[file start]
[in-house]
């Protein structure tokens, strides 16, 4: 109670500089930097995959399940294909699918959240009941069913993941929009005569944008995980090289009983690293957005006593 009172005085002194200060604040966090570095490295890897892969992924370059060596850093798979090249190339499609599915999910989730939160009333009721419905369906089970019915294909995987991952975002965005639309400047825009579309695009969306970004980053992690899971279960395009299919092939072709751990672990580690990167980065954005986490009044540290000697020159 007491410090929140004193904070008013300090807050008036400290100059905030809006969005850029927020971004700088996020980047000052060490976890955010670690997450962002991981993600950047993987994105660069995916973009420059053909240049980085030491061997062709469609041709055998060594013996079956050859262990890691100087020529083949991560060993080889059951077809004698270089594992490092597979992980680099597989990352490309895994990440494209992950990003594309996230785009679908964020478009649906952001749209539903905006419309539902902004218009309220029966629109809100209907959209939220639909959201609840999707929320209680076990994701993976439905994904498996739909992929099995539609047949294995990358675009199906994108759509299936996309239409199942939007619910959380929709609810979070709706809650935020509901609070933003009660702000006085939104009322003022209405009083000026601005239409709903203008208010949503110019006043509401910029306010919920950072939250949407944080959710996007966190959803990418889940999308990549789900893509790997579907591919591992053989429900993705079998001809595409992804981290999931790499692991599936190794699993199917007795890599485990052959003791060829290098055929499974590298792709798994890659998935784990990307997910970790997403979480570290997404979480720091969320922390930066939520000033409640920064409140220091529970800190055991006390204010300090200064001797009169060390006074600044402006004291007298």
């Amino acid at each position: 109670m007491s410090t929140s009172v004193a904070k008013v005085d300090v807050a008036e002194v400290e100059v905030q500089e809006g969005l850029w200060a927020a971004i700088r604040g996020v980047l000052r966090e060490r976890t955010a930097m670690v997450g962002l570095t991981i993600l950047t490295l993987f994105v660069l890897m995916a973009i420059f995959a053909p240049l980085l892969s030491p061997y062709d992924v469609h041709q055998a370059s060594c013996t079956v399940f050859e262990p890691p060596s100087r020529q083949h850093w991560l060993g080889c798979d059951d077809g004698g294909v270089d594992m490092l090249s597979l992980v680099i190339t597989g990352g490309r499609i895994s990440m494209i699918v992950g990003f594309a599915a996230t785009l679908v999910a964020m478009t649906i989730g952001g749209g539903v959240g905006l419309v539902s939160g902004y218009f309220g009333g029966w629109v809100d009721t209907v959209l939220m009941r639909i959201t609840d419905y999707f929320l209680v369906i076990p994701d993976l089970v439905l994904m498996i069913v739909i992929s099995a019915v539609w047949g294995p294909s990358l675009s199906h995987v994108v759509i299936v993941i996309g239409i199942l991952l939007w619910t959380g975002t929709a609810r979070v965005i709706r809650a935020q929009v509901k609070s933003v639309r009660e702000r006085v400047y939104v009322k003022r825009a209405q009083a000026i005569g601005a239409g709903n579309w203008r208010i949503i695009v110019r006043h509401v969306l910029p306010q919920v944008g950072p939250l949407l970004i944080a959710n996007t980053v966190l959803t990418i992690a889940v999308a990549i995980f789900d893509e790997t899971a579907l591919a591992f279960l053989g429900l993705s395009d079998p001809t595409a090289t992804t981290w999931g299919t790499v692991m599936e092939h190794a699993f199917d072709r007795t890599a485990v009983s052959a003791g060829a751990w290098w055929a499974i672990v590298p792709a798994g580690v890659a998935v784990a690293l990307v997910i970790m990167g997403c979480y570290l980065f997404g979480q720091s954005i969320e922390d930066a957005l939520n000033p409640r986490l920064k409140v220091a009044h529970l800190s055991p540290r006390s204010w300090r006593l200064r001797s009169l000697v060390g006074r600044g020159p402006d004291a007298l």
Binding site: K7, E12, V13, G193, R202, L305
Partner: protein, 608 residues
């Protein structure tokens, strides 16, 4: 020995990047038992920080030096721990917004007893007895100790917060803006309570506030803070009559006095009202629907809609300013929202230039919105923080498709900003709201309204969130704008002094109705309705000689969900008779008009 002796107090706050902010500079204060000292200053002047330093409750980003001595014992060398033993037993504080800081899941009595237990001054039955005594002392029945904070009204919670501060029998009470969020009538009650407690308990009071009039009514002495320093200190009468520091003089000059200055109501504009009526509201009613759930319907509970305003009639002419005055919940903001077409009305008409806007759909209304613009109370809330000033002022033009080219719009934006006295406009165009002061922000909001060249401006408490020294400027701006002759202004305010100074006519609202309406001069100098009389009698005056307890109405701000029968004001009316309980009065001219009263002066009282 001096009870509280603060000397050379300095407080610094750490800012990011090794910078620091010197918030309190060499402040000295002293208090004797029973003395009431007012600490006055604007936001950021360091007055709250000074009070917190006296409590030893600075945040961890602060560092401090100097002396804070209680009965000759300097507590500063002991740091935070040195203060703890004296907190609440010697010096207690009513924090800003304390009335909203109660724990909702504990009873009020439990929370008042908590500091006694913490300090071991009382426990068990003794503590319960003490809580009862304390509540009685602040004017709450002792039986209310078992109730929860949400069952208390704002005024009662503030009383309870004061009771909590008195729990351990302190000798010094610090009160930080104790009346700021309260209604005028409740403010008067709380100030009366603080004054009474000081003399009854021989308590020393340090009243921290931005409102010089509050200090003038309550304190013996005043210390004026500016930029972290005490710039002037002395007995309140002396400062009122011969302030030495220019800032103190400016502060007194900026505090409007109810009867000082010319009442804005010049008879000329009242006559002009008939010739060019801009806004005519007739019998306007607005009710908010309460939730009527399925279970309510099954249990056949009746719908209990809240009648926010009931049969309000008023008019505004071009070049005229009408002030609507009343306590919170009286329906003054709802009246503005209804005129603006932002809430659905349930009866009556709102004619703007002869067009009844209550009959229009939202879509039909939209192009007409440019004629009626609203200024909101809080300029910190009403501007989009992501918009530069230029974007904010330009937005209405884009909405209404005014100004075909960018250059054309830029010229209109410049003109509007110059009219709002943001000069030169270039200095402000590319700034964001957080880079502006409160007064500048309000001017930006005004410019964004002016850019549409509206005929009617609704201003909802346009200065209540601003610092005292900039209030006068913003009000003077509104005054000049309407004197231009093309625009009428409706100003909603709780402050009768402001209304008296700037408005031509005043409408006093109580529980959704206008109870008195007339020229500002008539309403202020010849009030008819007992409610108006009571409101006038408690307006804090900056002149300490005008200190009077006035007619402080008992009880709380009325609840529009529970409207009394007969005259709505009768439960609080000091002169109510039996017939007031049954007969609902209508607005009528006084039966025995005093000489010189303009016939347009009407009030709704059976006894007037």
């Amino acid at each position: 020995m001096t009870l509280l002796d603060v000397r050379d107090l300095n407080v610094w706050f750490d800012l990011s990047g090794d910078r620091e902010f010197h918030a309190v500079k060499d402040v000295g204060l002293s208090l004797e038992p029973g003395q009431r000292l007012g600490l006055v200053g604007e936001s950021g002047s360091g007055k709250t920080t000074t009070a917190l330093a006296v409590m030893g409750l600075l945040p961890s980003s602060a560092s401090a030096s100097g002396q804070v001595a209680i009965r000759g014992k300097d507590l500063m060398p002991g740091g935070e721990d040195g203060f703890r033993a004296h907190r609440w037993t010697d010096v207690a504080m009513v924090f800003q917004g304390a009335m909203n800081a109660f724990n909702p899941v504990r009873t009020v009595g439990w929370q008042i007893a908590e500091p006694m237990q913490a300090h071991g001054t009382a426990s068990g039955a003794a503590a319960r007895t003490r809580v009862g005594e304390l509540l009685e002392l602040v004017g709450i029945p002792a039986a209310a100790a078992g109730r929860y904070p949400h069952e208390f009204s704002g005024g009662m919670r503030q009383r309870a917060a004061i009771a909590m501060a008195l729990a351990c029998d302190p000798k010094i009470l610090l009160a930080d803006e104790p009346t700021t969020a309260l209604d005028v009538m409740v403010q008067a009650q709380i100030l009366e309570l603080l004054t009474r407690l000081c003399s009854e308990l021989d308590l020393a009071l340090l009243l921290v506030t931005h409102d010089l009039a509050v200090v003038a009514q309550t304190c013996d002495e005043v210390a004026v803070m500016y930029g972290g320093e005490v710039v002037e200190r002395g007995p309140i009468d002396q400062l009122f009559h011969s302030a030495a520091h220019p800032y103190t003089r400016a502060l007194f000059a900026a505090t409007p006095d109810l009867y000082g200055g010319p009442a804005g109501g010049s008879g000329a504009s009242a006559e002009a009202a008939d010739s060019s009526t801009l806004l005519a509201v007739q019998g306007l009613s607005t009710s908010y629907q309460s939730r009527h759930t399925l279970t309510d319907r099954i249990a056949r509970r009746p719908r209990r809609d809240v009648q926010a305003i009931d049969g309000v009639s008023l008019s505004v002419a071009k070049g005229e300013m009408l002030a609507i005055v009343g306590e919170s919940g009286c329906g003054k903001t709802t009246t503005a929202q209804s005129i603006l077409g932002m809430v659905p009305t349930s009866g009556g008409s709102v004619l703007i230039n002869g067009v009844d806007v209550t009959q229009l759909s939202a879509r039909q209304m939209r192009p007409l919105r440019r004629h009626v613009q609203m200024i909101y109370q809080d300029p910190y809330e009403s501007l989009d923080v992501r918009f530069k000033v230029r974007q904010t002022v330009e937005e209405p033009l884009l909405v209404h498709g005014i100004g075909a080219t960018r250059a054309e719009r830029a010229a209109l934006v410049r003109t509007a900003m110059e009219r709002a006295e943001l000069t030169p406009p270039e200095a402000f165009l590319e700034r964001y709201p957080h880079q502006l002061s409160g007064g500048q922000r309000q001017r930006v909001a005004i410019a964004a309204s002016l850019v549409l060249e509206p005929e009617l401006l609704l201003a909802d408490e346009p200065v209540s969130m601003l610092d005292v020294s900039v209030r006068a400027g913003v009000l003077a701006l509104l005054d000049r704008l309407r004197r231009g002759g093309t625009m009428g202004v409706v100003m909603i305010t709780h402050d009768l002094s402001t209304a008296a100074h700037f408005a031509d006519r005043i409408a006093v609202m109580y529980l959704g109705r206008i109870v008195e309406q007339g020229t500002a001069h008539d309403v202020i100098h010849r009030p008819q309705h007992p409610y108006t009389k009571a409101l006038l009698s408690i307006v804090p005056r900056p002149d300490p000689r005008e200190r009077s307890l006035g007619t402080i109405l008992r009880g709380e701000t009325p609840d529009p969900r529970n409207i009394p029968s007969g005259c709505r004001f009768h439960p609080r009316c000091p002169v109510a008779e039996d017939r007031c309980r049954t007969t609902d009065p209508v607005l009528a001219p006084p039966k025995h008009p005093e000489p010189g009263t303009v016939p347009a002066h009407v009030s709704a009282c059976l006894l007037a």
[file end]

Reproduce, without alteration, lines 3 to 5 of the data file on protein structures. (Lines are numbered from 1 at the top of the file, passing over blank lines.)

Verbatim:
């Amino acid at each position: 109670m007491s410090t929140s009172v004193a904070k008013v005085d300090v807050a008036e002194v400290e100059v905030q500089e809006g969005l850029w200060a927020a971004i700088r604040g996020v980047l000052r966090e060490r976890t955010a930097m670690v997450g962002l570095t991981i993600l950047t490295l993987f994105v660069l890897m995916a973009i420059f995959a053909p240049l980085l892969s030491p061997y062709d992924v469609h041709q055998a370059s060594c013996t079956v399940f050859e262990p890691p060596s100087r020529q083949h850093w991560l060993g080889c798979d059951d077809g004698g294909v270089d594992m490092l090249s597979l992980v680099i190339t597989g990352g490309r499609i895994s990440m494209i699918v992950g990003f594309a599915a996230t785009l679908v999910a964020m478009t649906i989730g952001g749209g539903v959240g905006l419309v539902s939160g902004y218009f309220g009333g029966w629109v809100d009721t209907v959209l939220m009941r639909i959201t609840d419905y999707f929320l209680v369906i076990p994701d993976l089970v439905l994904m498996i069913v739909i992929s099995a019915v539609w047949g294995p294909s990358l675009s199906h995987v994108v759509i299936v993941i996309g239409i199942l991952l939007w619910t959380g975002t929709a609810r979070v965005i709706r809650a935020q929009v509901k609070s933003v639309r009660e702000r006085v400047y939104v009322k003022r825009a209405q009083a000026i005569g601005a239409g709903n579309w203008r208010i949503i695009v110019r006043h509401v969306l910029p306010q919920v944008g950072p939250l949407l970004i944080a959710n996007t980053v966190l959803t990418i992690a889940v999308a990549i995980f789900d893509e790997t899971a579907l591919a591992f279960l053989g429900l993705s395009d079998p001809t595409a090289t992804t981290w999931g299919t790499v692991m599936e092939h190794a699993f199917d072709r007795t890599a485990v009983s052959a003791g060829a751990w290098w055929a499974i672990v590298p792709a798994g580690v890659a998935v784990a690293l990307v997910i970790m990167g997403c979480y570290l980065f997404g979480q720091s954005i969320e922390d930066a957005l939520n000033p409640r986490l920064k409140v220091a009044h529970l800190s055991p540290r006390s204010w300090r006593l200064r001797s009169l000697v060390g006074r600044g020159p402006d004291a007298l």
Binding site: K7, E12, V13, G193, R202, L305
Partner: protein, 608 residues